WHEN friendship between France and Britain was once more threatened in 1857, by overtures between the Russians and the French, a brilliant letter1 from Prince Albert made Britain's position and intentions clear to Napoleon III. Three years before, Palmerston would have resented this intrusion. This time, he asked Prince Albert to cajole the Emperor and agreed that the letter was "most excellent." Lord Clarendon wrote that it ought to "open the Emperor's eyes to the consequences of his adulation of Russia." When Napoleon III was at Osborne, in the same year, he walked in the gardens with Prince Albert and wrote afterwards, "One goes away from him ... more disposed to do good. " 2
It was not easy for the average man to appreciate this saintly Prince who, at the age of eighteen, had sat beside the Pope and talked of Etruscan art and who, in middle age, turned from the problems of the Crimean War to sit over his desk at Windsor, correcting the copybooks of his workmen in the park.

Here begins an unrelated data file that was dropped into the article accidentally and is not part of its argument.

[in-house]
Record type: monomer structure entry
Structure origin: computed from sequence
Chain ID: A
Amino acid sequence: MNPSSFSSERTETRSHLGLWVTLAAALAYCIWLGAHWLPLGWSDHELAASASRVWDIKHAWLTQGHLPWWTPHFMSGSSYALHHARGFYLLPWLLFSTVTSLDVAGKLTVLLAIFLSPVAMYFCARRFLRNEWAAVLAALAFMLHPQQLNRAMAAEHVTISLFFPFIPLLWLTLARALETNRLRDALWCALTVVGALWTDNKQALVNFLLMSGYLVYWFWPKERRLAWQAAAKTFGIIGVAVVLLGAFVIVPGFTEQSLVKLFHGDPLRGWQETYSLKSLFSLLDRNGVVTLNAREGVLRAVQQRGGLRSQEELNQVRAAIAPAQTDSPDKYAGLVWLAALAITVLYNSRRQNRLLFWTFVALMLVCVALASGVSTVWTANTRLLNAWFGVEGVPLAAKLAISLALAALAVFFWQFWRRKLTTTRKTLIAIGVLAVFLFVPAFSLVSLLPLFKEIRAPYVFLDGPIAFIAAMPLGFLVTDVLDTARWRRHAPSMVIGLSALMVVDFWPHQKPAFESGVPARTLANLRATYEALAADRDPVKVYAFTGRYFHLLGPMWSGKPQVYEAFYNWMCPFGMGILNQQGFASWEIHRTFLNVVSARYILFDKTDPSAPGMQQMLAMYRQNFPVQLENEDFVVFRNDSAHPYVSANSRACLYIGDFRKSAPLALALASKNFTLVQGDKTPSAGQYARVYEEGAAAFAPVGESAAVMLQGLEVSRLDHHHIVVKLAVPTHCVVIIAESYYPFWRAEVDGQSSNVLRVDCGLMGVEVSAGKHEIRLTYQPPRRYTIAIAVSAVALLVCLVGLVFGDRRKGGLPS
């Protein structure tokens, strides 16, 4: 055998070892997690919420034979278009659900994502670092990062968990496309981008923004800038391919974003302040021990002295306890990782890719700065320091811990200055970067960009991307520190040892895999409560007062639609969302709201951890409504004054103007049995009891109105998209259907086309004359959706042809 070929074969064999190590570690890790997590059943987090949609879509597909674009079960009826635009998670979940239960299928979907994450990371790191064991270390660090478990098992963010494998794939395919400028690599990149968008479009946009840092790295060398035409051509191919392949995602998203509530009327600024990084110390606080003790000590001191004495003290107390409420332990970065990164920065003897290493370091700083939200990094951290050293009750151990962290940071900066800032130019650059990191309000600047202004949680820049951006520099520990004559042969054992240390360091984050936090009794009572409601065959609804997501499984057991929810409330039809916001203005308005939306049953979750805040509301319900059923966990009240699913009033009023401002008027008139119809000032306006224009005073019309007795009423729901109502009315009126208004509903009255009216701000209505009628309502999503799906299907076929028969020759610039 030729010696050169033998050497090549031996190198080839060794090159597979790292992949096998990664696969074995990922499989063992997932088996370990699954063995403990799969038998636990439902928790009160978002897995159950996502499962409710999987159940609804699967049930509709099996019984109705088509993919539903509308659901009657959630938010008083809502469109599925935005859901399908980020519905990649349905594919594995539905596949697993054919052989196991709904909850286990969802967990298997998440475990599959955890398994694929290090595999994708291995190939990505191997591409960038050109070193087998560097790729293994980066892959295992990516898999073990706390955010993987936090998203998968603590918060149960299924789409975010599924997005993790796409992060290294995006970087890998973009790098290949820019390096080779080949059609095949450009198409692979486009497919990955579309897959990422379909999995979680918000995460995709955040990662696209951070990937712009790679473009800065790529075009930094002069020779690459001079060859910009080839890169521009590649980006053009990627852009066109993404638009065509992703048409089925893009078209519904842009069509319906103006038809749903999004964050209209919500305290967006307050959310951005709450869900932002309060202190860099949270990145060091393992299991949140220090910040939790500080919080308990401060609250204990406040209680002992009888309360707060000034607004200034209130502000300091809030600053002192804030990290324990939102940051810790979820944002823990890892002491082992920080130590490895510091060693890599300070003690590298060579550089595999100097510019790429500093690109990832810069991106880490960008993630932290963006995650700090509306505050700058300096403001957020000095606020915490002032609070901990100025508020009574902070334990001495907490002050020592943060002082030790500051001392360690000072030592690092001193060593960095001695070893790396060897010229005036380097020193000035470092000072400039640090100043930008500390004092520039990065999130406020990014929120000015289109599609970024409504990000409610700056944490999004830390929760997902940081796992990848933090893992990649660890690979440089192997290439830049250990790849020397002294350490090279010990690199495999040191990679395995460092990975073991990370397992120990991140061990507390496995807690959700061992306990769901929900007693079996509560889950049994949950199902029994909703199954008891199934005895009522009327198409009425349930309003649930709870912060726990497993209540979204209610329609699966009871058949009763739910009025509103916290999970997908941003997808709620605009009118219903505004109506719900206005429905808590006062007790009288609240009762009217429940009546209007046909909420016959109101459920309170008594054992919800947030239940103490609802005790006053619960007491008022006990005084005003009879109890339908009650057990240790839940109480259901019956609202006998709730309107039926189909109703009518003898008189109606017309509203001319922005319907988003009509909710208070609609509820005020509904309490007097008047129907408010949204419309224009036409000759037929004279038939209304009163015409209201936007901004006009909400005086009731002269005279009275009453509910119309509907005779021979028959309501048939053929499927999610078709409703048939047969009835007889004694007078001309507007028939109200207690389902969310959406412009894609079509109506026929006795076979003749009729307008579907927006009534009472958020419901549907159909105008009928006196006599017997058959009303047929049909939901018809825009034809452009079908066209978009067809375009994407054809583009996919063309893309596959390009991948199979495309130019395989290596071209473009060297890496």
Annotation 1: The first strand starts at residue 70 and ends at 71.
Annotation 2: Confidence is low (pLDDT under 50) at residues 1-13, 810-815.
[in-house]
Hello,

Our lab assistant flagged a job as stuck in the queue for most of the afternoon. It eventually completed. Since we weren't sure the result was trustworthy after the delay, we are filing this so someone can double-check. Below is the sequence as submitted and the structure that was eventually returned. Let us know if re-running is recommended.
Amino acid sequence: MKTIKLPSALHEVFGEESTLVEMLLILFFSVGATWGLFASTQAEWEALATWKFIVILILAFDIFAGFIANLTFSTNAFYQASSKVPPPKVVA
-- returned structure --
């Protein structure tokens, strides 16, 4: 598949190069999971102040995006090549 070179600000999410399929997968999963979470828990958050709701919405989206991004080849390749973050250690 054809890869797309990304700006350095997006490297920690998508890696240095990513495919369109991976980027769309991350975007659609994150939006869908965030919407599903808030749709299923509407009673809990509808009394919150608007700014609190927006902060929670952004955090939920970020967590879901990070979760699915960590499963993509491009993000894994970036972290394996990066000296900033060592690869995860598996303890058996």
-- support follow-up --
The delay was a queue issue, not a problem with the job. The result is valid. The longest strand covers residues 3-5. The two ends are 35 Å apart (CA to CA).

The Prince's talent for detail in his works of charity was equally rare. He was unable to trifle with a problem, as his secretary wrote; his mind had "nothing little" in it. When he was appointed Master of Trinity House, he became interested in the cause of the ballast-heavers and raised the standard of their life and employment so that they almost blessed his name. The story is best told in their own memorial, sent to the Queen after Prince Albert died. "Before he came to our rescue, we could only get work through a body of riverside publicans and middlemen, who made us drink before they would give us a job. ... The consequence was that we were in a pitiable state; this truckdrinking system was ruining us body and soul, and our families too. ... We got no help till we sent our appeal to your late Royal Consort. ... He at once listened to us ... he could put himself down from the throne he shared to the wretched home of us poor men. ... At once our wrongs were redressed and the system that had ruined us swept away." After this the ballast-heavers called him Albert the Good.
The Prince assumed another problem, as he watched the country fall back into the illusions of peace. The government was quick to